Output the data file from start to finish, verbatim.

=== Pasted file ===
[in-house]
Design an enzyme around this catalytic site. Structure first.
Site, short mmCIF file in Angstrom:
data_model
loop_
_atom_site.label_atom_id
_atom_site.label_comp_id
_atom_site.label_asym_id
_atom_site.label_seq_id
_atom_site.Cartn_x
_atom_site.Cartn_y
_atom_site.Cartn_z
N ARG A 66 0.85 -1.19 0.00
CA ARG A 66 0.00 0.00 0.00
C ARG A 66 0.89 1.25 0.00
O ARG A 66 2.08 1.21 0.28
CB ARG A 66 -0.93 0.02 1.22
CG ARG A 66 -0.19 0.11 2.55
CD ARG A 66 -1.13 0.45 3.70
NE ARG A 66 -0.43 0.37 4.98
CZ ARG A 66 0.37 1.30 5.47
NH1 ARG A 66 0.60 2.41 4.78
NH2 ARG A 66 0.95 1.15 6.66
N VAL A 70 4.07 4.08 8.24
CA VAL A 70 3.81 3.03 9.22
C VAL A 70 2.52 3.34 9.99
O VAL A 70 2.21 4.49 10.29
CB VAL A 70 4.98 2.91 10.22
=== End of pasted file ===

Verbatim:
[in-house]
Design an enzyme around this catalytic site. Structure first.
Site, short mmCIF file in Angstrom:
data_model
loop_
_atom_site.label_atom_id
_atom_site.label_comp_id
_atom_site.label_asym_id
_atom_site.label_seq_id
_atom_site.Cartn_x
_atom_site.Cartn_y
_atom_site.Cartn_z
N ARG A 66 0.85 -1.19 0.00
CA ARG A 66 0.00 0.00 0.00
C ARG A 66 0.89 1.25 0.00
O ARG A 66 2.08 1.21 0.28
CB ARG A 66 -0.93 0.02 1.22
CG ARG A 66 -0.19 0.11 2.55
CD ARG A 66 -1.13 0.45 3.70
NE ARG A 66 -0.43 0.37 4.98
CZ ARG A 66 0.37 1.30 5.47
NH1 ARG A 66 0.60 2.41 4.78
NH2 ARG A 66 0.95 1.15 6.66
N VAL A 70 4.07 4.08 8.24
CA VAL A 70 3.81 3.03 9.22
C VAL A 70 2.52 3.34 9.99
O VAL A 70 2.21 4.49 10.29
CB VAL A 70 4.98 2.91 10.22